Skip Navigation LinksHome > June 2014 - Volume 58 - Issue 6 > Serum Citrulline as a Biomarker of Gastrointestinal Function...
Journal of Pediatric Gastroenterology & Nutrition:
doi: 10.1097/MPG.0000000000000335
Original Articles: Hepatology and Nutrition

Serum Citrulline as a Biomarker of Gastrointestinal Function During Hematopoietic Cell Transplantation in Children

Gosselin, Kerri B.*; Feldman, Henry A.*; Sonis, Andrew L.*; Bechard, Lori J.*; Kellogg, Mark D.*; Gura, Kathleen*; Venick, Robert; Gordon, Catherine M.; Guinan, Eva C.§; Duggan, Christopher*

Collapse Box

Abstract

Objectives: We sought to determine whether serum citrulline (CIT), an amino acid produced by small bowel enterocytes, was associated with clinical and biochemical markers of gastrointestinal function in children undergoing hematopoietic cell transplantation (HCT).

Methods: We conducted a multicenter, prospective cohort study of 26 children to define time-related changes in serum CIT during the course of HCT. Markers of gastrointestinal function including oral energy intake, emesis, stool volume, presence of graft-versus-host disease (GVHD), oral mucositis severity, and cytokine and neurohormone levels were measured. Weekly serum CIT concentrations were obtained from 10 days prior until 30 days after HCT.

Results: Mean baseline CIT concentration was 22.7 μmol/L (95% confidence interval [CI] 17.7–27.6) on day −10, which decreased to a nadir of 7.5 μmol/L (95% CI 3.1–18.0, P = 0.017) on day 8 following HCT before returning to baseline by day 30. After adjustment for IL-6 level (1.0% lower CIT per 10% increase in interleukin-6, P = 0.004), presence of acute GVHD (27% lower CIT, P = 0.025), and oral energy intake (2.1% lower CIT per 10% decrease in energy intake, P = 0.018), the nadir shifted to day 10, when mean CIT concentration was lower in patients with severe oral mucositis (6.7 μmol/L, 95% CI 3.4–13.1) than in those without severe mucositis (11.9 μmol/L, 95% CI 5.8–24.4, P = 0.003). Change in CIT was not correlated with stool volume, C-reactive protein, tumor necrosis factor-α, leptin, or ghrelin.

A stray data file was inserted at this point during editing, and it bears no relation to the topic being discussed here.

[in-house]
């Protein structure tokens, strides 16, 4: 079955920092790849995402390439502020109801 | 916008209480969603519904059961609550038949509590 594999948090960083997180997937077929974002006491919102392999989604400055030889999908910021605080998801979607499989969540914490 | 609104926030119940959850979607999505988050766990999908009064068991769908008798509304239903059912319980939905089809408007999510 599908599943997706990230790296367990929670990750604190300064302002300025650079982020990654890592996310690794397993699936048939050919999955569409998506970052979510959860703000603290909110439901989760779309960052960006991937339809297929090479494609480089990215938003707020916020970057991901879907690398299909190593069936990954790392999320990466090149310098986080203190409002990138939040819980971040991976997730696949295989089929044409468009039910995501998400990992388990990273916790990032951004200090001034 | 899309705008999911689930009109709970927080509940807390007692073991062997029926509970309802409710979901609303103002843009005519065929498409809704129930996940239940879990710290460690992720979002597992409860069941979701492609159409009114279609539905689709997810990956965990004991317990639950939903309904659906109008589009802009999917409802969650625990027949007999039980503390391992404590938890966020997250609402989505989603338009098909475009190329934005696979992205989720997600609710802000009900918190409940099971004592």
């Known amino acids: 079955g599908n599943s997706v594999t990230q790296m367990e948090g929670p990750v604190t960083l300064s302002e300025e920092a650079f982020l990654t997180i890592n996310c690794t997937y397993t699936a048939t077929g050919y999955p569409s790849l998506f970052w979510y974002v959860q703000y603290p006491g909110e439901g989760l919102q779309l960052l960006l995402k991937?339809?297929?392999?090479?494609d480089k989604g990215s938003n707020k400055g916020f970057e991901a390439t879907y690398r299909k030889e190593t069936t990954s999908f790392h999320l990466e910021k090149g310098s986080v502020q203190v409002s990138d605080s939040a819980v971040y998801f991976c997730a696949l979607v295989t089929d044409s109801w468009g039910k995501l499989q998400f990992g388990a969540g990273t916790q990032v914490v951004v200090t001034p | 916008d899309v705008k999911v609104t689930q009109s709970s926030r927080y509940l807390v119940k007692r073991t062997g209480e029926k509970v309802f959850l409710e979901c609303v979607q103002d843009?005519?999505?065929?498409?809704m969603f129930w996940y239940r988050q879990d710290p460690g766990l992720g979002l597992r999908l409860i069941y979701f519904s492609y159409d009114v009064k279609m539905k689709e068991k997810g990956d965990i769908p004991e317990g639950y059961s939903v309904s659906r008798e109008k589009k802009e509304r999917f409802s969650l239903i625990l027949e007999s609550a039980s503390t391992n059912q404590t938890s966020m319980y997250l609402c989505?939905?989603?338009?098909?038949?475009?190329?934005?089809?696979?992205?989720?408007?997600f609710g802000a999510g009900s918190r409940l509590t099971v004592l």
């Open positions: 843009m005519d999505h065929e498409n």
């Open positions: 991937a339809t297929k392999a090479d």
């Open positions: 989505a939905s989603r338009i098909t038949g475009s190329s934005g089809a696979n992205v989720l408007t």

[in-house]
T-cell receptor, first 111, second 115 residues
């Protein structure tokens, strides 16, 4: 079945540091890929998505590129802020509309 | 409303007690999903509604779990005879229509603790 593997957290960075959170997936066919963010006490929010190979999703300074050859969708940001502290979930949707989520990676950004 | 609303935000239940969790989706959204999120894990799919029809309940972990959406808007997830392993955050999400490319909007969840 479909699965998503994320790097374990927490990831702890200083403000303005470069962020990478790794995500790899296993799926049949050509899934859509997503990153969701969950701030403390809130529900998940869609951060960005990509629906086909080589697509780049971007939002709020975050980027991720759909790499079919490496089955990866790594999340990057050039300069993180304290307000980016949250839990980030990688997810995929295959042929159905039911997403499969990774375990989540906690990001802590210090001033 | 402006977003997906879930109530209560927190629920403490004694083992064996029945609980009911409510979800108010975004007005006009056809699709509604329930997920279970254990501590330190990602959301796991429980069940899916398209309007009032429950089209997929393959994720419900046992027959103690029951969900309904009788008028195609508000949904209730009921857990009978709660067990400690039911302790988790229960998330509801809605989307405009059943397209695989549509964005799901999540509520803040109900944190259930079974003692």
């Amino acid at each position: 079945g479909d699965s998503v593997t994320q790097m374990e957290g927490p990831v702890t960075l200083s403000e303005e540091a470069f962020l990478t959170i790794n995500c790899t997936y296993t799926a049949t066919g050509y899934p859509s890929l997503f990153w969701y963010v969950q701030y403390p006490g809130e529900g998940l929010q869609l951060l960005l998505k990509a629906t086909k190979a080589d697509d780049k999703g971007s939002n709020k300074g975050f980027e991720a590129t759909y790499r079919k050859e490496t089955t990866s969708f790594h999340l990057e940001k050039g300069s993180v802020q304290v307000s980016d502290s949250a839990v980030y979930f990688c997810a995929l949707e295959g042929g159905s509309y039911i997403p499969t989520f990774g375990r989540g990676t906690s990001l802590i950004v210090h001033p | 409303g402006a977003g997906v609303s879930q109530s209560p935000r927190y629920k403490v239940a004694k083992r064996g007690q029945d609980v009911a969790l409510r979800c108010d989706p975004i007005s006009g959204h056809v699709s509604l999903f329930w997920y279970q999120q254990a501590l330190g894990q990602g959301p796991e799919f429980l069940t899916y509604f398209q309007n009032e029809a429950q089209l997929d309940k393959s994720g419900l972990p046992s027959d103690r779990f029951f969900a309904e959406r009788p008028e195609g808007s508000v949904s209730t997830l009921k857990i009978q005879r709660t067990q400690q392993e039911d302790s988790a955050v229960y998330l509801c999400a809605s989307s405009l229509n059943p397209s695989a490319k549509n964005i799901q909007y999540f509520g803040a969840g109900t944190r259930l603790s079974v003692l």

Conclusions: In children undergoing HCT, serum CIT correlates with measures of gastrointestinal function (oral mucositis severity, dietary intake, acute GVHD) and may reflect mucosal injury to the gastrointestinal tract.

© 2014 by European Society for Pediatric Gastroenterology, Hepatology, and Nutrition and North American Society for Pediatric Gastroenterology,

Login

Article Tools

Share

Search for Similar Articles
You may search for similar articles that contain these same keywords or you may modify the keyword list to augment your search.

Connect With Us

 

 

Twitter

twitter.com/JPGNonline

 

Visit JPGN.org on your smartphone. Scan this code (QR reader app required) with your phone and be taken directly to the site.